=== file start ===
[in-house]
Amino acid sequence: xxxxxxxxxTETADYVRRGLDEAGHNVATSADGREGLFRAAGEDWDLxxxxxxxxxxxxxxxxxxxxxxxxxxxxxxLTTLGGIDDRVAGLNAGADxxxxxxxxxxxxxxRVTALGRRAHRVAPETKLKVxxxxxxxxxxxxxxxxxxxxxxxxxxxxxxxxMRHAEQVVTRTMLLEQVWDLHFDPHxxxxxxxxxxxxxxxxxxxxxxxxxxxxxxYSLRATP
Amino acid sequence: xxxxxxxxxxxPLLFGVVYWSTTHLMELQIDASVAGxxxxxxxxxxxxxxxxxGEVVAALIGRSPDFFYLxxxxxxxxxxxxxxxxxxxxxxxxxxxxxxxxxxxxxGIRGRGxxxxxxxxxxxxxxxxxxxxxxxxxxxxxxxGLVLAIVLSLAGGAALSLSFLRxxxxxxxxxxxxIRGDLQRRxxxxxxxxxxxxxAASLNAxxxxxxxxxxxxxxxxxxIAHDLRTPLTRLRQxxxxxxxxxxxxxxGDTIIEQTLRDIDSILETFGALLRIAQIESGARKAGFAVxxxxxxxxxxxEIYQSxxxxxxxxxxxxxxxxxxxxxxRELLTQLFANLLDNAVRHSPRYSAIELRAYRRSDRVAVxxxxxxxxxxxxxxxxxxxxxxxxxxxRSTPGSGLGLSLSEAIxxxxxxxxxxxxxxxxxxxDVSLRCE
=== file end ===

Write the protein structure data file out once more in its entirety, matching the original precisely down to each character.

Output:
[in-house]
Amino acid sequence: xxxxxxxxxTETADYVRRGLDEAGHNVATSADGREGLFRAAGEDWDLxxxxxxxxxxxxxxxxxxxxxxxxxxxxxxLTTLGGIDDRVAGLNAGADxxxxxxxxxxxxxxRVTALGRRAHRVAPETKLKVxxxxxxxxxxxxxxxxxxxxxxxxxxxxxxxxMRHAEQVVTRTMLLEQVWDLHFDPHxxxxxxxxxxxxxxxxxxxxxxxxxxxxxxYSLRATP
Amino acid sequence: xxxxxxxxxxxPLLFGVVYWSTTHLMELQIDASVAGxxxxxxxxxxxxxxxxxGEVVAALIGRSPDFFYLxxxxxxxxxxxxxxxxxxxxxxxxxxxxxxxxxxxxxGIRGRGxxxxxxxxxxxxxxxxxxxxxxxxxxxxxxxGLVLAIVLSLAGGAALSLSFLRxxxxxxxxxxxxIRGDLQRRxxxxxxxxxxxxxAASLNAxxxxxxxxxxxxxxxxxxIAHDLRTPLTRLRQxxxxxxxxxxxxxxGDTIIEQTLRDIDSILETFGALLRIAQIESGARKAGFAVxxxxxxxxxxxEIYQSxxxxxxxxxxxxxxxxxxxxxxRELLTQLFANLLDNAVRHSPRYSAIELRAYRRSDRVAVxxxxxxxxxxxxxxxxxxxxxxxxxxxRSTPGSGLGLSLSEAIxxxxxxxxxxxxxxxxxxxDVSLRCE